638 639
639<p> 640<p>
640This is how the Advanced Search Page looks like. While it may seem overwhelming 641This is how the Advanced Search Page looks like. While it may seem overwhelming
641at first, we're going to look at a few simple areas to narrow down the rather 642at first, we're going to look at a few simple areas to narrow down the rather
642vague searches bugzilla returns. 643vague searches bugzilla returns.
643</p> 644</p>
644 645
645<figure link="/images/docs/bugzie-content.png" caption="Content"/> 646<figure link="/images/docs/bugzie-content.png" caption="Content"/>
646 647
647<p> 648<p>
757simply not how things work. 758simply not how things work.
758</p> 759</p>
759 760
760<p> 761<p>
761Another common misconception occurs with our Documentation bugs. For example, a 762Another common misconception occurs with our Documentation bugs. For example, a
762user finds a bug with the <uri 763user finds a bug with the <uri link="/proj/en/releng/catalyst/">Catalyst
763link="http://www.gentoo.org/proj/en/releng/catalyst/index.xml">Catalyst
764Docs</uri>. The general tendency is to file a bug under Docs-user, which gets 764Docs</uri>. The general tendency is to file a bug under Docs-user, which gets
765assigned to the <uri link="http://gdp.gentoo.org">GDP</uri>, when it should 765assigned to the <uri link="http://gdp.gentoo.org">GDP</uri>, when it should
766actually go to a member of the <uri 766actually go to a member of the <uri link="/proj/en/releng/">Release
767link="http://www.gentoo.org/proj/en/releng/">Release Engineering</uri> team. As 767Engineering</uri> team. As a rule of thumb, only documentation under
768a rule of thumb, only documentation under http://www.gentoo.org/doc/* is under 768<path>http://www.gentoo.org/doc/*</path> is under the GDP. Anything under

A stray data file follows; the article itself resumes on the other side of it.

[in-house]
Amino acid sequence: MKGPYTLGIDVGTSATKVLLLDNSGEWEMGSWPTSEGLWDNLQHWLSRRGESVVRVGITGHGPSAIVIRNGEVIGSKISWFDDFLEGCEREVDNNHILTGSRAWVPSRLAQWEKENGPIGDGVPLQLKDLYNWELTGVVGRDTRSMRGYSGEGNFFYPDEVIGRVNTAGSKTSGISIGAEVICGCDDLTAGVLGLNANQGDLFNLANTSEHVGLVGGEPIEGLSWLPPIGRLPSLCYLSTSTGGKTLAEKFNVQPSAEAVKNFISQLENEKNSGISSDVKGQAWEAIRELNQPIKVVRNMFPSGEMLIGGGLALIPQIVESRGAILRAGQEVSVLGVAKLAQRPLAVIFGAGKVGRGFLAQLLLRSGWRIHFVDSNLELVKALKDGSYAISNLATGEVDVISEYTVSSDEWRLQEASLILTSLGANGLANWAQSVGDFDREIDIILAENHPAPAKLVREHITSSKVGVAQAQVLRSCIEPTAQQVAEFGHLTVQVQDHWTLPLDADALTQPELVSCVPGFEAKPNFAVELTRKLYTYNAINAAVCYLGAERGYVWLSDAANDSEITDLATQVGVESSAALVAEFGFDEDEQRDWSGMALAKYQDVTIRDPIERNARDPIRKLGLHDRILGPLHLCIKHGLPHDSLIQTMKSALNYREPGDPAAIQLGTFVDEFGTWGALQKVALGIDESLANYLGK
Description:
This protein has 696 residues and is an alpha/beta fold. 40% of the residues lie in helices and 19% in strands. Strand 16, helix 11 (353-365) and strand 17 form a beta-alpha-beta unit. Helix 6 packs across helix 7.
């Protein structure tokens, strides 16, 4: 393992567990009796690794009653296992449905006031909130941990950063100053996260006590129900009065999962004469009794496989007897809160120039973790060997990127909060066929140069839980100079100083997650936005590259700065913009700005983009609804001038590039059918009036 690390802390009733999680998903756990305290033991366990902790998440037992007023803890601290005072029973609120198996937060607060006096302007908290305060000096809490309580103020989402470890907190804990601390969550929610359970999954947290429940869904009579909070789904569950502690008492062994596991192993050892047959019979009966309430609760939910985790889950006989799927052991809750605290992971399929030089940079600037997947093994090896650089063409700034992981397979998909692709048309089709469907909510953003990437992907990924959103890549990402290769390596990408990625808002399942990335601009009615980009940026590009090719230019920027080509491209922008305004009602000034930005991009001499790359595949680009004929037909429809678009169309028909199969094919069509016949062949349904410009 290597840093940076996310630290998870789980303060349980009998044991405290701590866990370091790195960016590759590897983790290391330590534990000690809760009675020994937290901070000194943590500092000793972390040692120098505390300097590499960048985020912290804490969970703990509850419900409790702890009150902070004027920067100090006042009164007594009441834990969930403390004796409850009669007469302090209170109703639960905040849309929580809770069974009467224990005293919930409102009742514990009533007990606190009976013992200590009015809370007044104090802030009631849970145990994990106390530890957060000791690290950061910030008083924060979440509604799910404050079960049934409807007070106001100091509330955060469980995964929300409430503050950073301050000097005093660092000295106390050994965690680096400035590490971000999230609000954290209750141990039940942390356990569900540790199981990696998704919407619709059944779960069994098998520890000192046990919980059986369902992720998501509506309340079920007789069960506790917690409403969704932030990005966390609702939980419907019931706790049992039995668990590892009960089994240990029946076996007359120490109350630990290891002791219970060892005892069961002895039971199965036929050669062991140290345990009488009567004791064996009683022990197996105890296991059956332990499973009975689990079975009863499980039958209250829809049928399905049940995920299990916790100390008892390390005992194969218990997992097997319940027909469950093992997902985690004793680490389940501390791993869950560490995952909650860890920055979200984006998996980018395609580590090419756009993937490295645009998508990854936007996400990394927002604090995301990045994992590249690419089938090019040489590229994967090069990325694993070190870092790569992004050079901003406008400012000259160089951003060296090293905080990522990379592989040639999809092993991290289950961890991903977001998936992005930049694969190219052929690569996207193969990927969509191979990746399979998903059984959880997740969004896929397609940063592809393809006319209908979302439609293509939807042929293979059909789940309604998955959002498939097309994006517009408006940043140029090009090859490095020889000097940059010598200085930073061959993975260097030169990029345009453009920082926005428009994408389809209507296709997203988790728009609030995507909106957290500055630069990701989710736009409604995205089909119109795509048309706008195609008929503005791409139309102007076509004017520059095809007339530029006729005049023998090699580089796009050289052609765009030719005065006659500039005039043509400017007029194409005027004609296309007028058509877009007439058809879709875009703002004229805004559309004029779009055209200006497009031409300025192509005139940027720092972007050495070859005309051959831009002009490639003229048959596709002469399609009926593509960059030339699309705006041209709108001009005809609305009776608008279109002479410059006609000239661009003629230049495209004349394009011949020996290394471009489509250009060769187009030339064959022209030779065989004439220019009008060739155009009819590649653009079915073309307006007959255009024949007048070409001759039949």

769the GDP. Anything under http://www.gentoo.org/proj/* is under the respective 769<path>http://www.gentoo.org/proj/*</path> is under the respective teams.
770teams.
771</p> 770</p>
772 771
773<note> 772<note>
774We would rather see a bug whose product was not supposed to be Gentoo Linux but 773We would rather see a bug whose product was not supposed to be Gentoo Linux but
775has been filed under the same rather than seeing a bug which belongs the Gentoo 774has been filed under the same rather than seeing a bug which belongs the Gentoo
777acceptable and understandable (except website bugs.. we might have an issue with 776acceptable and understandable (except website bugs.. we might have an issue with
778that...). 777that...).
779</note> 778</note>
780 779
781<p> 780<p>
782Our bug goes in Gentoo Linux as it's an ebuild bug. We head over there and are presented 781Our bug goes in Gentoo Linux as it's an ebuild bug. We head over there and are
783with the multi-step bug reporting process. Let us now proceed with Step 1... 782presented with the multi-step bug reporting process. Let us now proceed with
783Step 1...
784</p> 784</p>
785 785
786<figure link="/images/docs/bugzie-guide-step1.png" caption="Guided Format Step 1"/> 786<figure link="/images/docs/bugzie-guide-step1.png" caption="Guided Format Step 1"/>
787 787
788<p> 788<p>
806Let us take a closer look at what's what. 806Let us take a closer look at what's what.
807</p> 807</p>
808 808
809<ul> 809<ul>
810 <li> 810 <li>
811 First, there's the Product. The product will narrow down the bug to a 811 First, there's the Product. The product will narrow down the bug to a
812 specific area of Gentoo like Bugzilla (for bugs relating to bugs.gentoo.org), 812 specific area of Gentoo like Bugzilla (for bugs relating to